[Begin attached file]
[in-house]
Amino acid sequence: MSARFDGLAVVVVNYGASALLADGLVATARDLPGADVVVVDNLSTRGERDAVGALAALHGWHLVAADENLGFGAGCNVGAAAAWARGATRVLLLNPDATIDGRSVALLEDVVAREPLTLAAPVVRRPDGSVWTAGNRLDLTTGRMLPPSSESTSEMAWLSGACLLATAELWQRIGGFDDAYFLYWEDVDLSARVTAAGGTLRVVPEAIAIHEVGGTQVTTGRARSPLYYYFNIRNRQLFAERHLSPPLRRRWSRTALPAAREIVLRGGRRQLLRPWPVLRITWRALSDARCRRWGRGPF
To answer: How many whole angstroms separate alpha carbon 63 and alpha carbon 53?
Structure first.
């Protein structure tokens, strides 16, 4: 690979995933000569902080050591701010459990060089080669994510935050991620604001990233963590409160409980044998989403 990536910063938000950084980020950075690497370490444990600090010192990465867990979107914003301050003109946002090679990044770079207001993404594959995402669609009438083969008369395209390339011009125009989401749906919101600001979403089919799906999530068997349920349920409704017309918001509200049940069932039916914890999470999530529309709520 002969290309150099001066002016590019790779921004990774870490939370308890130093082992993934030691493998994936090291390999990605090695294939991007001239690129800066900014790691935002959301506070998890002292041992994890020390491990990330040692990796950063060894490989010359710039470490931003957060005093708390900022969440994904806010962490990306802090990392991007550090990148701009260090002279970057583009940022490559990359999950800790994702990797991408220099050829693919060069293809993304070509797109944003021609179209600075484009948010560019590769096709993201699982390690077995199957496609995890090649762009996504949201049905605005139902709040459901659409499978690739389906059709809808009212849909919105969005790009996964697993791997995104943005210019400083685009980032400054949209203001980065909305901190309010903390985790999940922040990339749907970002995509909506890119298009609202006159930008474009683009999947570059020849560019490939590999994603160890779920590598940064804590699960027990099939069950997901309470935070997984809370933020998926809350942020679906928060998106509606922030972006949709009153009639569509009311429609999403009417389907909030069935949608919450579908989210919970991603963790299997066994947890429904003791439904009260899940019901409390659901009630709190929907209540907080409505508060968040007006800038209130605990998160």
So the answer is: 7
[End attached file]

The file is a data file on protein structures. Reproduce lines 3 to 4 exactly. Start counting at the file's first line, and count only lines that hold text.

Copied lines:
To answer: How many whole angstroms separate alpha carbon 63 and alpha carbon 53?
Structure first.